Neuropeptide RFRP-2 (101-112)
Neuropeptides are small signaling molecules produced and released by neurons engaged in many physiological functions. Indeed, neuropeptides act on neural substrates such as G protein-coupled receptors (GPCRs), tyrosine-kinase receptors, insuline-like peptides and also ion channels. Actions of neuropeptides result in slow-onset, long-lasting modulation of synaptic transmission.
Pro-FMRFamide-related neuropeptide VF
Pro-FMRFamide-related neuropeptide VF also called neuropeptide VF precursor are expressed in neurons in mediobasal hypothalamus. Neuropeptide VF precursor is a propeptide which is cleaved in three others peptide: Neuropeptide RFRP-1, RFRP-2 and RFRP-3.
Neuropeptide RFRP-2 (101-112)
Neuropeptide RFRP-2 (101-112) is very interesting because RFRP-2 shows no inhibitory activity and RFRP-2 sequence is absent in mouse and rat.
|Sequence : SAGATANLPLRS-NH2|
|MW : 1156,29 g/mol (C48H85N17O16)|
|Purity : > 95%|
|Counter-Ion : TFA Salts (see option TFA removal)|
|Delivery format : Freeze dried in propylene 2mL microtubes|
|Peptide Solubility Guideline|
|Bulk peptide quantities available|
|Product catalog||Size||Price € HT||Price $ HT|
1- Xie J, Price M P, Wemmie J A, Askwith C C and Welsch M J. 89(5):2459-2465 (2003)
ASIC3 and ASIC1 mediate FMRFamide-related peptide enhancement of H+-gated currents in cultured dorsal root ganglion neurons
The acid-sensing ion channels (ASICs) form cation channels that are transiently activated by extracellular protons. They are expressed in dorsal root ganglia (DRG) neurons and in the periphery where they play a function in nociception and mechanosensation. Previous studies showed that FMRFamide and related peptides potentiate H(+)-gated currents. To better understand this potentiation, we examined the effect of FMRFamide-related peptides on DRG neurons from wild-type mice and animals missing individual ASIC subunits. We found that FMRFamide and FRRFamide potentiated H(+)-gated currents of wild-type DRG in a dose-dependent manner. They increased current amplitude and slowed desensitization following a proton stimulus. Deletion of ASIC3 attenuated the response to FMRFamide-related peptides, whereas the loss of ASIC1 increased the response. The loss of ASIC2 had no effect on FMRFamide-dependent enhancement of H(+)-gated currents. These data suggest that FMRFamide-related peptides modulate DRG H(+)-gated currents through an effect on both ASIC1 and ASIC3 and that ASIC3 plays the major role. The recent discovery of RFamide-related peptides (RFRP) in mammals suggested that they might also modulate H(+)-gated current. We found that RFRP-1 slowed desensitization of H(+)-gated DRG currents, whereas RFRP-2 increased the peak amplitude. COS-7 cells heterologously expressing ASIC1 or ASIC3 showed similar effects. These results suggest that FMRFamide-related peptides, including the newly identified RFRPs, modulate H(+)-gated DRG currents through ASIC1 and ASIC3. The presence of several ASIC subunits, the diversity of FMRFamide-related peptides, and the distinct effects on H(+)-gated currents suggest the possibility of substantial complexity in modulation of current in DRG sensory neurons.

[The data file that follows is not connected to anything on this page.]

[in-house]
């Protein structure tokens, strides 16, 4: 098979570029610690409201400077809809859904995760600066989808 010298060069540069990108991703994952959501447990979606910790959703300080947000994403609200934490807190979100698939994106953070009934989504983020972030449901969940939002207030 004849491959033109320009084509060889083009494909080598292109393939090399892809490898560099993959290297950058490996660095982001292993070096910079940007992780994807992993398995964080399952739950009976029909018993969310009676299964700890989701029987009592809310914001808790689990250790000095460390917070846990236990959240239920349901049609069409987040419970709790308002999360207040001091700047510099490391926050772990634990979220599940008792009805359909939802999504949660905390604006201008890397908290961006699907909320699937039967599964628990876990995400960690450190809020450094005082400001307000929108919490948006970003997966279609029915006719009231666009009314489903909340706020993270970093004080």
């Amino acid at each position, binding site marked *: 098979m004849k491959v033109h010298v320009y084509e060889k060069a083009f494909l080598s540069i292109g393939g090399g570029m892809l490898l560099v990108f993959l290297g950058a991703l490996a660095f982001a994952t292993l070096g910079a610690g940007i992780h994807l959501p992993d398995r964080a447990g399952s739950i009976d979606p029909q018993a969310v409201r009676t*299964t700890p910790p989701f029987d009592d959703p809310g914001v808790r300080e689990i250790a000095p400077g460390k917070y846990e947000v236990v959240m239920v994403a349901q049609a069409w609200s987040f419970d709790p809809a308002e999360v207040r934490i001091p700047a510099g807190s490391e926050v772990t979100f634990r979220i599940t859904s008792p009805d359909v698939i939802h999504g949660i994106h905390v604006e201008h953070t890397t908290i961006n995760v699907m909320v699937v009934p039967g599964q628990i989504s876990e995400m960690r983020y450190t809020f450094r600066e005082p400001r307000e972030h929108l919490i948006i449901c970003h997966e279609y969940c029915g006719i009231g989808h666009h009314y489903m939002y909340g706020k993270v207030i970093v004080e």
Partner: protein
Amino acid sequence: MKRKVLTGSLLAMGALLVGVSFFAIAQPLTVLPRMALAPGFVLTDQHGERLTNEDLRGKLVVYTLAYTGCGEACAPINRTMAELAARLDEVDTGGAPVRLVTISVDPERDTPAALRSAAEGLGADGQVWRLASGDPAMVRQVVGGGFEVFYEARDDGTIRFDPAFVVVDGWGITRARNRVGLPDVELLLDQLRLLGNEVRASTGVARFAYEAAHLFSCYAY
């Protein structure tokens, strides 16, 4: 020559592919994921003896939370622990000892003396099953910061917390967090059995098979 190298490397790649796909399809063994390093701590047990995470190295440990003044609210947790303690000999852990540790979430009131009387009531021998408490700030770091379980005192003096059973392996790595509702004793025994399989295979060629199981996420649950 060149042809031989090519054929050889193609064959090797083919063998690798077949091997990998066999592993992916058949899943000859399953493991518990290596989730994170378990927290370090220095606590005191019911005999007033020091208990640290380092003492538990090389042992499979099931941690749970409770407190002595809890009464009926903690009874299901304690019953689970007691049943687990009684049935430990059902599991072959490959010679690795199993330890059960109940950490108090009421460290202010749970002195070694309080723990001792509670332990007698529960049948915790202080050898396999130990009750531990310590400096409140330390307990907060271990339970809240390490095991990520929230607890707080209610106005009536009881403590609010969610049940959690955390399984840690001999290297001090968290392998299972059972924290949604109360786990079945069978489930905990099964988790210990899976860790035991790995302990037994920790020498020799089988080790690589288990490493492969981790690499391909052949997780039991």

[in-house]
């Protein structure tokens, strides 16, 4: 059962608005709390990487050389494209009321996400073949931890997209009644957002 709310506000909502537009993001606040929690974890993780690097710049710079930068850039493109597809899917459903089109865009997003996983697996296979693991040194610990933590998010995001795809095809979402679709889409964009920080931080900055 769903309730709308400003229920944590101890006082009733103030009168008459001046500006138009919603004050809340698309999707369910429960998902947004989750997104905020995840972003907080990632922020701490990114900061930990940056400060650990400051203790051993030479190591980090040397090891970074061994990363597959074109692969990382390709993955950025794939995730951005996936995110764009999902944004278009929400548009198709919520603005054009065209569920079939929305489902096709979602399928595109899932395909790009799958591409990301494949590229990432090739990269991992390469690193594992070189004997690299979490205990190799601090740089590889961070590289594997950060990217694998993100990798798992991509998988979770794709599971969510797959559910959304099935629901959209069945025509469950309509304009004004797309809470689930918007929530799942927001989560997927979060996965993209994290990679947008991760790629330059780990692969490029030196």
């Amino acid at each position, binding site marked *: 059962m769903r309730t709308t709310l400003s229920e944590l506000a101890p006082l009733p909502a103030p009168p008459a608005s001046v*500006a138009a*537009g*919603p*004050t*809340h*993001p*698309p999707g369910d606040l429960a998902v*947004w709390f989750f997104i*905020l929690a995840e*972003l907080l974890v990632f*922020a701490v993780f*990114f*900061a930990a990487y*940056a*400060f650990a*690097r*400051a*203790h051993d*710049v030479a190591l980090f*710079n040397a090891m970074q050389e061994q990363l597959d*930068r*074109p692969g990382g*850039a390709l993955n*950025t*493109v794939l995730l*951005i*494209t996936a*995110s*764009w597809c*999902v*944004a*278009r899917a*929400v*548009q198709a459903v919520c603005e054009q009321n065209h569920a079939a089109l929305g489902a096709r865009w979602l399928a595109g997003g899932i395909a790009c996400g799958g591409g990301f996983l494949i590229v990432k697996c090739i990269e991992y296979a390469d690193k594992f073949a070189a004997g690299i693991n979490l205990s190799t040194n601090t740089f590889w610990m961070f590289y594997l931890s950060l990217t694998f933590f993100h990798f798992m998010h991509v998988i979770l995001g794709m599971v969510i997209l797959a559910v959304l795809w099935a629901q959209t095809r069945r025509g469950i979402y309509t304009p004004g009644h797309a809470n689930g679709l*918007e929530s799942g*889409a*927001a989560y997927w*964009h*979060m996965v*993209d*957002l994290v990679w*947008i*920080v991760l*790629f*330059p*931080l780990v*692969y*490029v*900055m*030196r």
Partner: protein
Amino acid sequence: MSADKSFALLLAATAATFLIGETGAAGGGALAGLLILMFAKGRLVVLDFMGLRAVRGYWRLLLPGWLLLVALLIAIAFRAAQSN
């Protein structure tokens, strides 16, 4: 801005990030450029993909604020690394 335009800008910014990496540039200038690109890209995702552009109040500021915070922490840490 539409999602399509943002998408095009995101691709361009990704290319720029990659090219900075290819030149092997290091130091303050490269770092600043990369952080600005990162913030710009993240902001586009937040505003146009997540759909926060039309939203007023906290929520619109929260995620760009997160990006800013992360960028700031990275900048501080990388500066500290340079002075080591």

2- DeLaney K. et al. J Exp Biol. 221(Pt 3):jeb151167 (2018)
New techniques, applications and perspectives in neuropeptide research
Neuropeptides are one of the most diverse classes of signaling molecules and have attracted great interest over the years owing to their roles in regulation of a wide range of physiological processes. However, there are unique challenges associated with neuropeptide studies stemming from the highly variable molecular sizes of the peptides, low in vivo concentrations, high degree of structural diversity and large number of isoforms. As a result, much effort has been focused on developing new techniques for studying neuropeptides, as well as novel applications directed towards learning more about these endogenous peptides. The areas of importance for neuropeptide studies include structure, localization within tissues, interaction with their receptors, including ion channels, and physiological function. Here, we discuss these aspects and the associated techniques, focusing on technologies that have demonstrated potential in advancing the field in recent years. Most identification and structural information has been gained by mass spectrometry, either alone or with confirmations from other techniques, such as nuclear magnetic resonance spectroscopy and other spectroscopic tools. While mass spectrometry and bioinformatic tools have proven to be the most powerful for large-scale analyses, they still rely heavily on complementary methods for confirmation. Localization within tissues, for example, can be probed by mass spectrometry imaging, immunohistochemistry and radioimmunoassays. Functional information has been gained primarily from behavioral studies coupled with tissue-specific assays, electrophysiology, mass spectrometry and optogenetic tools. Concerning the receptors for neuropeptides, the discovery of ion channels that are directly gated by neuropeptides opens up the possibility of developing a new generation of tools for neuroscience, which could be used to monitor neuropeptide release or to specifically change the membrane potential of neurons. It is expected that future neuropeptide research will involve the integration of complementary bioanalytical technologies and functional assays.